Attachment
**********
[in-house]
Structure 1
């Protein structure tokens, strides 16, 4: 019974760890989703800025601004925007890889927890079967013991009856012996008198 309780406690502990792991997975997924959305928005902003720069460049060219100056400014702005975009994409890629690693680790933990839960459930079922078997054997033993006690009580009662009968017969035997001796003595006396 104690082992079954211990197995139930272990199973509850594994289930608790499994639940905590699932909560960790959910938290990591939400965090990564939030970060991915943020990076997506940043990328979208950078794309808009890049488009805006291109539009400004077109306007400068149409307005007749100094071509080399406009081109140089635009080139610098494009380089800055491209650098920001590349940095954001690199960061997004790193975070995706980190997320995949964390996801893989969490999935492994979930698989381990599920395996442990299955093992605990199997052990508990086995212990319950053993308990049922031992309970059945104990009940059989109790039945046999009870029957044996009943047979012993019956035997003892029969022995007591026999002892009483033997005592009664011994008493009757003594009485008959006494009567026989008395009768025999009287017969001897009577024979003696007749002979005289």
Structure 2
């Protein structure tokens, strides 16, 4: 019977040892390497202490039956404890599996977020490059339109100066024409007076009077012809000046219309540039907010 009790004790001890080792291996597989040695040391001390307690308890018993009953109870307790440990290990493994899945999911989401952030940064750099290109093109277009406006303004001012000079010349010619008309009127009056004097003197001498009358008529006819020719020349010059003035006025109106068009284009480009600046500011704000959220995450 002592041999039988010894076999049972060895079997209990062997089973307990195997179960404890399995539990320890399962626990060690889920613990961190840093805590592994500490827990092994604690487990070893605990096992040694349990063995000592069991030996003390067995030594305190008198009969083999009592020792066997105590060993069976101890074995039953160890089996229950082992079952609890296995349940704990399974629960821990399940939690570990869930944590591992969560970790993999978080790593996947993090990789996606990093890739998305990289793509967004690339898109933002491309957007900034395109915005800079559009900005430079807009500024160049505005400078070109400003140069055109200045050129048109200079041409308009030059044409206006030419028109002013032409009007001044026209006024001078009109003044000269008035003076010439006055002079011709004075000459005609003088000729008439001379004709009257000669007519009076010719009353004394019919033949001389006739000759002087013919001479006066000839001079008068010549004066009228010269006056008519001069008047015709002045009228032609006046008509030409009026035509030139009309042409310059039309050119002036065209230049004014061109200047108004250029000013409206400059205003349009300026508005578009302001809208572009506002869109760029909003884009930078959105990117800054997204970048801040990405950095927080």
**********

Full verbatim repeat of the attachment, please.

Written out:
[in-house]
Structure 1
């Protein structure tokens, strides 16, 4: 019974760890989703800025601004925007890889927890079967013991009856012996008198 309780406690502990792991997975997924959305928005902003720069460049060219100056400014702005975009994409890629690693680790933990839960459930079922078997054997033993006690009580009662009968017969035997001796003595006396 104690082992079954211990197995139930272990199973509850594994289930608790499994639940905590699932909560960790959910938290990591939400965090990564939030970060991915943020990076997506940043990328979208950078794309808009890049488009805006291109539009400004077109306007400068149409307005007749100094071509080399406009081109140089635009080139610098494009380089800055491209650098920001590349940095954001690199960061997004790193975070995706980190997320995949964390996801893989969490999935492994979930698989381990599920395996442990299955093992605990199997052990508990086995212990319950053993308990049922031992309970059945104990009940059989109790039945046999009870029957044996009943047979012993019956035997003892029969022995007591026999002892009483033997005592009664011994008493009757003594009485008959006494009567026989008395009768025999009287017969001897009577024979003696007749002979005289």
Structure 2
């Protein structure tokens, strides 16, 4: 019977040892390497202490039956404890599996977020490059339109100066024409007076009077012809000046219309540039907010 009790004790001890080792291996597989040695040391001390307690308890018993009953109870307790440990290990493994899945999911989401952030940064750099290109093109277009406006303004001012000079010349010619008309009127009056004097003197001498009358008529006819020719020349010059003035006025109106068009284009480009600046500011704000959220995450 002592041999039988010894076999049972060895079997209990062997089973307990195997179960404890399995539990320890399962626990060690889920613990961190840093805590592994500490827990092994604690487990070893605990096992040694349990063995000592069991030996003390067995030594305190008198009969083999009592020792066997105590060993069976101890074995039953160890089996229950082992079952609890296995349940704990399974629960821990399940939690570990869930944590591992969560970790993999978080790593996947993090990789996606990093890739998305990289793509967004690339898109933002491309957007900034395109915005800079559009900005430079807009500024160049505005400078070109400003140069055109200045050129048109200079041409308009030059044409206006030419028109002013032409009007001044026209006024001078009109003044000269008035003076010439006055002079011709004075000459005609003088000729008439001379004709009257000669007519009076010719009353004394019919033949001389006739000759002087013919001479006066000839001079008068010549004066009228010269006056008519001069008047015709002045009228032609006046008509030409009026035509030139009309042409310059039309050119002036065209230049004014061109200047108004250029000013409206400059205003349009300026508005578009302001809208572009506002869109760029909003884009930078959105990117800054997204970048801040990405950095927080």